When the trees start to burst like autumn-tinged fireworks, the air becomes crisp ‘n fresh, and apple cider doughnuts headline the assortment of homemade goodies at local farm stands, well … yes, Fox Valley, we’re about to enter sweater weather.
Welcome to fall.
And with its return comes a new, outdoor activity presented by the Fox Valley Park District – Fall Family Neighborhood Art, a roving, interactive opportunity that touches five different parks throughout the District.
“You’re seeing the beauty and glory of summer as it transitions into the fall,” said Rachel Ossyra, the FVPD’s business development strategist. “Just that artistic feeling of being outside with your family, and having a project to work on, we see this as a really great occasion to bring families together and give the kids a chance to be creative.”
Typically held in early summer, Neighborhood Art was canceled this year, as the District adhered to state and local guidelines, resulting from the pandemic. In one of many pivots as we entered Phase 4, the FVPD’s Marketing team created Fall Family Neighborhood Art. The program is free, and families will be issued individually-packed art supply kits at the start of each session. FVPD site leaders will oversee each event, masks will be required, hand sanitizer provided and responsible social distancing will occur.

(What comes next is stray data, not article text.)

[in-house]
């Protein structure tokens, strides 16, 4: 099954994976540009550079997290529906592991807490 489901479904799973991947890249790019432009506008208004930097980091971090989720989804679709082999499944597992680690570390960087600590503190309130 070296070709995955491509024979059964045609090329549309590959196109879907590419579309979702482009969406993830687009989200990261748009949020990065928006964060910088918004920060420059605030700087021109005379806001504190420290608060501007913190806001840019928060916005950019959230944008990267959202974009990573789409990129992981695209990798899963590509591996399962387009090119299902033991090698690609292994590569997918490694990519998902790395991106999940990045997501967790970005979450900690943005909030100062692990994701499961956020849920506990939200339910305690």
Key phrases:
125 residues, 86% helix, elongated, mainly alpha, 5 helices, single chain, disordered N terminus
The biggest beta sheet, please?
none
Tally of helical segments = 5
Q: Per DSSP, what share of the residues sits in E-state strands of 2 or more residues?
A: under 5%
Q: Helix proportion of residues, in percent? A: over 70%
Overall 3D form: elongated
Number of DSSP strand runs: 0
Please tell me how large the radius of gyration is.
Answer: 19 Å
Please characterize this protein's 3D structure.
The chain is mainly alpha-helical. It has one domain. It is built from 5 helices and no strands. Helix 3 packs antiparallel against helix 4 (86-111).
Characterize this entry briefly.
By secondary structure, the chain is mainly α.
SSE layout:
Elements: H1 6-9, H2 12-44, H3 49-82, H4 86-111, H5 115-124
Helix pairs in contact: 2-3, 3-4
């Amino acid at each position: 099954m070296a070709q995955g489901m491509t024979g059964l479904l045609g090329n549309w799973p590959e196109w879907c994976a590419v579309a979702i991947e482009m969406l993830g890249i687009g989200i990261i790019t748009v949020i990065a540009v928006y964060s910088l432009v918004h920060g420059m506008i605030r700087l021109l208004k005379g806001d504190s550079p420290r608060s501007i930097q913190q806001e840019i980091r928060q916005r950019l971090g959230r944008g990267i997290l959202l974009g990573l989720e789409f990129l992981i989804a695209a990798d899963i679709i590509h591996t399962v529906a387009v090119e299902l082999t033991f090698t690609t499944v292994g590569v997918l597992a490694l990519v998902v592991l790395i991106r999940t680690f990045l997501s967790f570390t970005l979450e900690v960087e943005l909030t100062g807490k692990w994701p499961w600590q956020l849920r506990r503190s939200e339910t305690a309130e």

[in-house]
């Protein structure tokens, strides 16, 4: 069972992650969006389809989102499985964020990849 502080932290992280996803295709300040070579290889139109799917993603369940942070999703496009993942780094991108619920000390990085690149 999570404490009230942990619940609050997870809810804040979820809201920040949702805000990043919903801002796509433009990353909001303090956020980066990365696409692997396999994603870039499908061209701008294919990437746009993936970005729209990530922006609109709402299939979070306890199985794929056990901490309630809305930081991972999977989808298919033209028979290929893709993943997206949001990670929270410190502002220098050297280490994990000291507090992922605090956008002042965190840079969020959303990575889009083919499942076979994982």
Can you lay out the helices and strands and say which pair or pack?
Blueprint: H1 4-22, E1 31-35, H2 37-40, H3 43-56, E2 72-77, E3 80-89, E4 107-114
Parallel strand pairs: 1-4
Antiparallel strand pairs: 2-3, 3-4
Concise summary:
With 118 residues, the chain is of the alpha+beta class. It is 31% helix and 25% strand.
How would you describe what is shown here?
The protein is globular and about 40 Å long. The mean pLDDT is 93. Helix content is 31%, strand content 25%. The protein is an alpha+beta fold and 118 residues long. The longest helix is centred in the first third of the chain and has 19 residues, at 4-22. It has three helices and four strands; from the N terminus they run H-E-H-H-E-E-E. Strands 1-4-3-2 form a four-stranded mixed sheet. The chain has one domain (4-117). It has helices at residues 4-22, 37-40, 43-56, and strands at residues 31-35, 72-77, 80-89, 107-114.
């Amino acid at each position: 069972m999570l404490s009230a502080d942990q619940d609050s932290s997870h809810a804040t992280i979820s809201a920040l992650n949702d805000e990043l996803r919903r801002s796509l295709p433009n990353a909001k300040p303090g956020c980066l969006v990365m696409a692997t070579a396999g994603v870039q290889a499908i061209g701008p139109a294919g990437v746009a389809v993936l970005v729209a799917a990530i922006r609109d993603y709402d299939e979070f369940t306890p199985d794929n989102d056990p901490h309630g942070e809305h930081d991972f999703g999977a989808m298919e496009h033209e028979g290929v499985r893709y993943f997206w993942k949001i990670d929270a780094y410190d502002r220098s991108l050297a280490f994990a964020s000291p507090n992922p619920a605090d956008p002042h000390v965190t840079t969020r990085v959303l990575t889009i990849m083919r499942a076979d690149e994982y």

Pick a date and location that works for you:
Wednesday, Sept. 30: Tanner Trails Park (Bauer & Meade, North Aurora), 4-5 p.m.
Thursday, Oct. 1: Waubonsie Lake Park (Montgomery & Kautz), 5-6 p.m.
Wednesday, Oct. 7: MLK Jr. Park (Farnsworth & Grand), 4-5 p.m.
Thursday, Oct. 8: Austin Memorial Park (Montgomery & Route 25), 4-5 p.m.
Wednesday, Oct. 14: Blackhawk Park (Galena & Blackhawk), 4-5 p.m.
Activities, which are best suited for children ages 4 to 8 who must be accompanied by a participating adult, will include beading, using sidewalk chalk (on paper), and making frames and airplanes, to name a few. Participation is limited to 50 people at a time on a first-come, first-served basis. Please bring blankets and lawn chairs to enjoy some social-distanced fun.
“We’re happy to offer this shortened community service in the spirit of recreation,” said Dan Leahy, the FVPD’s director of marketing and communications. “It’s an opportunity to bring neighborhoods and families together in a safe environment and under the canopy of color provided by one of our parks.”